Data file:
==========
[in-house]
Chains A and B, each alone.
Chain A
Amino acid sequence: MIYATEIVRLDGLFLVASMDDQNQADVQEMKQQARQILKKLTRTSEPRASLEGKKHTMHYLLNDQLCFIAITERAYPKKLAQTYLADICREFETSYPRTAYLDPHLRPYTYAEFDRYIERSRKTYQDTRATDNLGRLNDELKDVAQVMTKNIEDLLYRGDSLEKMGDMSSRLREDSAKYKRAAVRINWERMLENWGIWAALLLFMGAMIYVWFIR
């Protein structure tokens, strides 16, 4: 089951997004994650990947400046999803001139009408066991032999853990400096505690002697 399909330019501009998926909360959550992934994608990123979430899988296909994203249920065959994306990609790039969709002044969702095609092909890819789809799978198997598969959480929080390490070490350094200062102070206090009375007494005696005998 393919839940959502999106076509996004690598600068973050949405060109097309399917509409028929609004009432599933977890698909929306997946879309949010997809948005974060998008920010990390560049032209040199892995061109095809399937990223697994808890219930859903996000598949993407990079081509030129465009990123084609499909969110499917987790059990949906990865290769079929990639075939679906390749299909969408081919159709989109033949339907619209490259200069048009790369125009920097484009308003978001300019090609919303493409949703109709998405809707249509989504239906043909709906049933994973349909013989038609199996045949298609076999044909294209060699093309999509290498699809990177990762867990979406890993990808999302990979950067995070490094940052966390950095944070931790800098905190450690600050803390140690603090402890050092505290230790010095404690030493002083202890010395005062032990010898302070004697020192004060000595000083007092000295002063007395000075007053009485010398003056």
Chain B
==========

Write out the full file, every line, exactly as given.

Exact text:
[in-house]
Chains A and B, each alone.
Chain A
Amino acid sequence: MIYATEIVRLDGLFLVASMDDQNQADVQEMKQQARQILKKLTRTSEPRASLEGKKHTMHYLLNDQLCFIAITERAYPKKLAQTYLADICREFETSYPRTAYLDPHLRPYTYAEFDRYIERSRKTYQDTRATDNLGRLNDELKDVAQVMTKNIEDLLYRGDSLEKMGDMSSRLREDSAKYKRAAVRINWERMLENWGIWAALLLFMGAMIYVWFIR
């Protein structure tokens, strides 16, 4: 089951997004994650990947400046999803001139009408066991032999853990400096505690002697 399909330019501009998926909360959550992934994608990123979430899988296909994203249920065959994306990609790039969709002044969702095609092909890819789809799978198997598969959480929080390490070490350094200062102070206090009375007494005696005998 393919839940959502999106076509996004690598600068973050949405060109097309399917509409028929609004009432599933977890698909929306997946879309949010997809948005974060998008920010990390560049032209040199892995061109095809399937990223697994808890219930859903996000598949993407990079081509030129465009990123084609499909969110499917987790059990949906990865290769079929990639075939679906390749299909969408081919159709989109033949339907619209490259200069048009790369125009920097484009308003978001300019090609919303493409949703109709998405809707249509989504239906043909709906049933994973349909013989038609199996045949298609076999044909294209060699093309999509290498699809990177990762867990979406890993990808999302990979950067995070490094940052966390950095944070931790800098905190450690600050803390140690603090402890050092505290230790010095404690030493002083202890010395005062032990010898302070004697020192004060000595000083007092000295002063007395000075007053009485010398003056």
Chain B